ENSO modes of the equatorial Pacific Ocean in observations and CMIP5 models
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- Weare, B.C. Clim Dyn (2014) 43: 1285. doi:10.1007/s00382-013-1941-3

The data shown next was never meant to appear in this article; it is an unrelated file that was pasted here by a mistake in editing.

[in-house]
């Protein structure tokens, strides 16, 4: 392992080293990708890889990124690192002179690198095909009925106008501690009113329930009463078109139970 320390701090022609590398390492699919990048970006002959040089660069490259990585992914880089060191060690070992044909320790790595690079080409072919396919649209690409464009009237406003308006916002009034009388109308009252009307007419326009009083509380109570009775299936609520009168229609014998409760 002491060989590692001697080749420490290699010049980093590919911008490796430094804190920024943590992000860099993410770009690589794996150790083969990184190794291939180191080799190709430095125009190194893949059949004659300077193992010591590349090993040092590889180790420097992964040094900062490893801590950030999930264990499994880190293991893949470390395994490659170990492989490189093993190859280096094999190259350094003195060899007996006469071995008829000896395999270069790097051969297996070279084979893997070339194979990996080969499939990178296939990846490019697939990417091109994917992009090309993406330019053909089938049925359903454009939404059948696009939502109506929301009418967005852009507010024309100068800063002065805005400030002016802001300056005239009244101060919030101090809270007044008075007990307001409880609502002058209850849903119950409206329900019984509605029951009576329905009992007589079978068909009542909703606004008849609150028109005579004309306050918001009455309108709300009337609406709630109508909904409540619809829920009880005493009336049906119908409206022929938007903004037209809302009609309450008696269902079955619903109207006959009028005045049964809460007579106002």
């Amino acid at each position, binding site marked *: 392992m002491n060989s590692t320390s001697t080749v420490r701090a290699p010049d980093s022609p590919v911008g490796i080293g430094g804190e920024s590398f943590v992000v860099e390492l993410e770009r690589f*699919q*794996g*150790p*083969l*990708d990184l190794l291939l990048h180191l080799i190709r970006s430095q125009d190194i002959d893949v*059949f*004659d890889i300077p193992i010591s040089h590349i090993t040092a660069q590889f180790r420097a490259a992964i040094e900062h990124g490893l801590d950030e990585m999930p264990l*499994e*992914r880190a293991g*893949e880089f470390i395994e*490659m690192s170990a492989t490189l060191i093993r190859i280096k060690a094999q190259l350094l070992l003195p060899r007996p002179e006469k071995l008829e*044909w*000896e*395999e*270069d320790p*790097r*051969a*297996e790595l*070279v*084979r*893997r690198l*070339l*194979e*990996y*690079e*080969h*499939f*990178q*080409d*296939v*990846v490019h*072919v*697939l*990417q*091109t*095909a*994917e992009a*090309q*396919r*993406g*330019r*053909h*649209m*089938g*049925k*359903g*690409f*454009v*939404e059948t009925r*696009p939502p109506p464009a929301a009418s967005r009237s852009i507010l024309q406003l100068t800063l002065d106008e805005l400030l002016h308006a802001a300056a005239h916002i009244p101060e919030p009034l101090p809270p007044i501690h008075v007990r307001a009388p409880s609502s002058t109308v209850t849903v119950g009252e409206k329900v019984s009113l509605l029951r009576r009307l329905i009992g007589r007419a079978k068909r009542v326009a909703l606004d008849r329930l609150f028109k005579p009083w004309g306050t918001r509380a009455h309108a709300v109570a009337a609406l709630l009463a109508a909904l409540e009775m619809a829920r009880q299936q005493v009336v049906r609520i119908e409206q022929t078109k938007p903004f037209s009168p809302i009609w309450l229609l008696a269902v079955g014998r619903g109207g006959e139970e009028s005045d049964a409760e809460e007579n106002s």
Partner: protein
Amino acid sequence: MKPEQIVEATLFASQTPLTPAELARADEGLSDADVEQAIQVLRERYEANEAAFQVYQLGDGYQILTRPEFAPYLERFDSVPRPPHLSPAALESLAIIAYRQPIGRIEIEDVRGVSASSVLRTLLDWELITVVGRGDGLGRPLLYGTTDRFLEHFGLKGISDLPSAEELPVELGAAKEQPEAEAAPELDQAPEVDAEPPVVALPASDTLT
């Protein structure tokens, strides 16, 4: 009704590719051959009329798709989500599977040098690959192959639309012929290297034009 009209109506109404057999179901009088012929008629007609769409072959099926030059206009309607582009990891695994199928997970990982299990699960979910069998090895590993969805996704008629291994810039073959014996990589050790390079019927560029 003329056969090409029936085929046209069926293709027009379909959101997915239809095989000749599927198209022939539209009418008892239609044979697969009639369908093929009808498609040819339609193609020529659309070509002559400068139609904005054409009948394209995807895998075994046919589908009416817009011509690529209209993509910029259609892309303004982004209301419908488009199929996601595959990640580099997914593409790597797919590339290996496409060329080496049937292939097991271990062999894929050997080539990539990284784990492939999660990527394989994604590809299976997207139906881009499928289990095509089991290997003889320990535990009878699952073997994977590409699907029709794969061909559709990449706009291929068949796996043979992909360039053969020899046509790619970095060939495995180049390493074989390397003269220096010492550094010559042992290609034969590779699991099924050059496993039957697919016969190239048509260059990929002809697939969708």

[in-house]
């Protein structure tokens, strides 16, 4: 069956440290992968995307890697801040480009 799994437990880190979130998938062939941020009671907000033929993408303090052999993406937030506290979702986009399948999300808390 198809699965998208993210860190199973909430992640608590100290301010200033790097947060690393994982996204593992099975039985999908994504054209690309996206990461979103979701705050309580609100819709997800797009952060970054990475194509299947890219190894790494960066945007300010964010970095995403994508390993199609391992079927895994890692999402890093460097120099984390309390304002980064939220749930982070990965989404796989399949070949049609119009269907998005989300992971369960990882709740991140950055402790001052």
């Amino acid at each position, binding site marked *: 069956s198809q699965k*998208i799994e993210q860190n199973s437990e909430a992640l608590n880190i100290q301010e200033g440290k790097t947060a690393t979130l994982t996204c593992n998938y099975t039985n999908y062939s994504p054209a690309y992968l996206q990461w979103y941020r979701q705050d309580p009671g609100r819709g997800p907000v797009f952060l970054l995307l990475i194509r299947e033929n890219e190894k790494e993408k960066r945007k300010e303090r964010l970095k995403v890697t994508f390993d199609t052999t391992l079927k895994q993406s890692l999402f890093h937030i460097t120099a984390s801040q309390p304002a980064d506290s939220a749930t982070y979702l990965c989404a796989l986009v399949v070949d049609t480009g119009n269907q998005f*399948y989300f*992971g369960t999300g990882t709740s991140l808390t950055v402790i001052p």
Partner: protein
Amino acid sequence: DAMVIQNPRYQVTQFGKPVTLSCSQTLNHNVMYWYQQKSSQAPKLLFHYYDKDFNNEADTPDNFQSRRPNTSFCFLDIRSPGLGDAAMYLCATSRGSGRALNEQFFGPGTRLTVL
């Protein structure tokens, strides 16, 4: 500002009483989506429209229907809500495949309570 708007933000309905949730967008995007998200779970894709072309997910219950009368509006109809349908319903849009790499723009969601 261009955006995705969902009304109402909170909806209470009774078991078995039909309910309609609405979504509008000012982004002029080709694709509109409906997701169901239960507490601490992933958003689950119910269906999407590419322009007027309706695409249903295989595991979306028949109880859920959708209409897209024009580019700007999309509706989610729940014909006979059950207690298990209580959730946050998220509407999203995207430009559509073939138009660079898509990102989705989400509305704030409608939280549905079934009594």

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El Niño/Southern Oscillation (ENSO) is the predominant interannual variability of the global climate system. How might ENSO change in a warmer world? The dominant two Combined Empirical Orthogonal Functions (CEOF) of the equatorial ocean temperature and zonal and vertical motion identify two modes that shown a transition in the eastern Pacific from a warming eastward/downward motion to a cooling westward/upward flow. These results also suggest consistent changes to the west and at depths down to 300 m. These dominate CEOFs provide a compact tool for assessing Coupled Model Intercomparison Project Phase 5 ocean model output for both the recent historical period and for the latter part of the twenty first century. Most of the analyzed models replicate well the spatial patterns of the dominant observational CEOF modes, but nearly always underestimate the magnitudes. Comparing model output for the twentieth and twenty first centuries there is very little change between the spatial patterns of the ENSO modes of the two periods. This lack of response to climate change is shown to be partly related to competing influences of climatic changes in the mean ocean circulation.